Arsenic, organic foods, and brown rice syrup.

Trace Element Analysis Core Laboratory, Department of Earth Sciences, Dartmouth College, Hanover, New Hampshire 03755, USA.
Environmental Health Perspectives (Impact Factor: 7.26). 02/2012; 120(5):623-6. DOI: 10.1289/ehp.1104619
Source: PubMed

ABSTRACT Rice can be a major source of inorganic arsenic (Asi) for many sub-populations. Rice products are also used as ingredients in prepared foods, some of which may not be obviously rice based. Organic brown rice syrup (OBRS) is used as a sweetener in organic food products as an alternative to high-fructose corn syrup. We hypothesized that OBRS introduces As into these products.
We determined the concentration and speciation of As in commercially available brown rice syrups and in products containing OBRS, including toddler formula, cereal/energy bars, and high-energy foods used by endurance athletes.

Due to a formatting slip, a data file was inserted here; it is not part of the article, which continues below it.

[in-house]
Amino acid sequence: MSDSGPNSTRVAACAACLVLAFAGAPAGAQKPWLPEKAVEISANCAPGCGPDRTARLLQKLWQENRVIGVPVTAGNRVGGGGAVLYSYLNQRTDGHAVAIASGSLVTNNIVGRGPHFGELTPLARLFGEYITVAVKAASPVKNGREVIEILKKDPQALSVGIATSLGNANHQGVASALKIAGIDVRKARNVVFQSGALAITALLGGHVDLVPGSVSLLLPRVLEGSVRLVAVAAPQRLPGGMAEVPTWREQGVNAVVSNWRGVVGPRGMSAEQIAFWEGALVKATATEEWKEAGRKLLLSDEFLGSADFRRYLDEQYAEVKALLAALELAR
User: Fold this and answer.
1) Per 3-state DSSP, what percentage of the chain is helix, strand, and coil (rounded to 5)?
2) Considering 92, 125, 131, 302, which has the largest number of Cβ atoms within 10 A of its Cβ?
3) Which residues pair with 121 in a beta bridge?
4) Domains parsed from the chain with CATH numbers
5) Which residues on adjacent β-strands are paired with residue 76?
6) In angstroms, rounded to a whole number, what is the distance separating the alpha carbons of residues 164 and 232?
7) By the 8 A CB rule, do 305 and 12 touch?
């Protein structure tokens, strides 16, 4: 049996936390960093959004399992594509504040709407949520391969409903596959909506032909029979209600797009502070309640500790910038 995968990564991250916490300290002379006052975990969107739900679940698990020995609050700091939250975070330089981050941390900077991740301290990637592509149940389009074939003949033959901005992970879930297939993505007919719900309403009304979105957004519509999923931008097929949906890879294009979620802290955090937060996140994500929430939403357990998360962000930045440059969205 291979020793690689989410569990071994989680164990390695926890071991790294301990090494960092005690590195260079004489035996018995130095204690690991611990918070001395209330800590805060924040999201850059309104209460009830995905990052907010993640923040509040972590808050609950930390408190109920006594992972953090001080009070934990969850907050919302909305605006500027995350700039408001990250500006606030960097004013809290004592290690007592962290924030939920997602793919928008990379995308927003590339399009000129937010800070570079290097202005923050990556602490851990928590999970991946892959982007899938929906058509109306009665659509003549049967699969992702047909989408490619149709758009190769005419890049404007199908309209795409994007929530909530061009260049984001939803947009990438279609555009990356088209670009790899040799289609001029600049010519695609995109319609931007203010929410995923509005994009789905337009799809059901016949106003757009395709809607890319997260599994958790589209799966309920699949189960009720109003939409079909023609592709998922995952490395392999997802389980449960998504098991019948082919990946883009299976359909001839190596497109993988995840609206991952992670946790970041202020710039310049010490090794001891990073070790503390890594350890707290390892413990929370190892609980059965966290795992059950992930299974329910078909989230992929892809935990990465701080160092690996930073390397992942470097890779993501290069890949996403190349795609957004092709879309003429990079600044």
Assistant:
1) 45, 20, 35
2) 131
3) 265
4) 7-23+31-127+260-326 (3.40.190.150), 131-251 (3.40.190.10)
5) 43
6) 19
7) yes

We used inductively coupled plasma mass spectrometry (ICP-MS) and ion chromatography coupled to ICP-MS to determine total As (Astotal) concentrations and As speciation in products purchased via the Internet or in stores in the Hanover, New Hampshire, area.Discussion: We found that OBRS can contain high concentrations of Asi and dimethyl-arsenate (DMA). An "organic" toddler milk formula containing OBRS as the primary ingredient had Astotal concentrations up to six times the U.S. Environmental Protection Agency safe drinking water limit. Cereal bars and high-energy foods containing OBRS also had higher As concentrations than equivalent products that did not contain OBRS. Asi was the main As species in most food products tested in this study.
There are currently no U.S. regulations applicable to As in food, but our findings suggest that the OBRS products we evaluated may introduce significant concentrations of Asi into an individual's diet. Thus, we conclude that there is an urgent need for regulatory limits on As in food.

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